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When did humans really start eating grains?

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  • #31
    Originally posted by Harry View Post
    Yes, that sounds like good evidence of how significant grains were in diet. My point, which I keep trying to get across, is that strict primalists may be throwing out the baby with the bath water. If a few grains per week can be consumed without any harm, why limit yourself so much by being strict?

    For some people, of course, it has to be like stopping drinking or drugs - cold turkey. I have no problem having only a few servings of grains and potatoes per week. No cravings for more. I eat them with a smile on my face and no worries.

    One thing seems certain to me - Grok was not a picky eater. He couldn't be most of the time.

    Forum members frequently post that they ate something non-primal and "felt like crap." Well, most of us felt like crap when switching to a healthy primal diet. That doesn't mean that the stuff they ate was necessarily bad (sometimes it is), just that their bodies said "What the **** is this stuff?" To me, eating a wide variety of foods keeps my options open. If I go to a family gathering and "break bread," I won't feel like crap. (Well, i have a wheat allergy, but you get the idea.) I also suspect that when people "feel like crap," it's partly guilt feelings.
    You write much and say little. Your posts are very confused and confusing.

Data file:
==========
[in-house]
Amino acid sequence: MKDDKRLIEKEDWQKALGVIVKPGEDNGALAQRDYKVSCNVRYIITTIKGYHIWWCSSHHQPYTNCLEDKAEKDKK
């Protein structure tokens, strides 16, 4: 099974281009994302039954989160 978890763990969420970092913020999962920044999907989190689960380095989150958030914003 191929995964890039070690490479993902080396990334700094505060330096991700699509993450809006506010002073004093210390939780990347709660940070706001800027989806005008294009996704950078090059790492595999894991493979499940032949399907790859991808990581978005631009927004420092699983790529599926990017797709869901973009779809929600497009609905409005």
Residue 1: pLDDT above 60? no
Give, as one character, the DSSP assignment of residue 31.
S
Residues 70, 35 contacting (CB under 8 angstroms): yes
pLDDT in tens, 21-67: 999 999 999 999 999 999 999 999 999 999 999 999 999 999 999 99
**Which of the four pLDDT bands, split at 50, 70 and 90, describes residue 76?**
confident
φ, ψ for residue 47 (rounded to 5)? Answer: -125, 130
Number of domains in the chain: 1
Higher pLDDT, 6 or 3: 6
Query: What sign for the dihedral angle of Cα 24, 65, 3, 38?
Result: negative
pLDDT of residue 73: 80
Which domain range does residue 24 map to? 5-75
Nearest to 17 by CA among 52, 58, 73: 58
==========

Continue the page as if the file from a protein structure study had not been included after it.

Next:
I mean, come on dude. Yes, some people don't eat grains...ever. I am not one of them, btw. But really, who cares? People vary. In your pursuit of being scientific, you have developed a habit of getting bogged down in the details and losing sight of the big picture. The reason your point is failing to get across is because you're talking to people who see a forest while you only see trees.

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    • #32
      Originally posted by Harry View Post
      My point, which I keep trying to get across, is that strict primalists may be throwing out the baby with the bath water. If a few grains per week can be consumed without any harm, why limit yourself so much by being strict?
      It would be their choice. They might also have a wheat allergy, or be trying to lose weight, and grains are basically empty carbohydrates. It wasn't until we started adding nutrients to grain products that some areas stopped getting diseases caused by malnourishment.

      My personal opinion on grains is that they are a sub-optimal food which are only beneficial in the face of starvation. As such, most people don't need them and it is only because they have become entrenched in our societies that even the traditional ways of preparing them to make them less problematic exist.
      Start weight: 250 - 06/2009
      Current weight: 199
      Goal: 145

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      • #33
        ¸.·´¯`·.¸¸><((((º> ¸.·´¯`·.¸¸><((((º>¸.·´¯`·.¸¸><((((º>¸.·´¯`·.¸¸><(( ((º>
        ><((((º> ¸.·´¯`·.¸¸><((((º>¸.·´¯`·.¸¸><((((º>¸.·´¯`·.¸¸><(( ((º>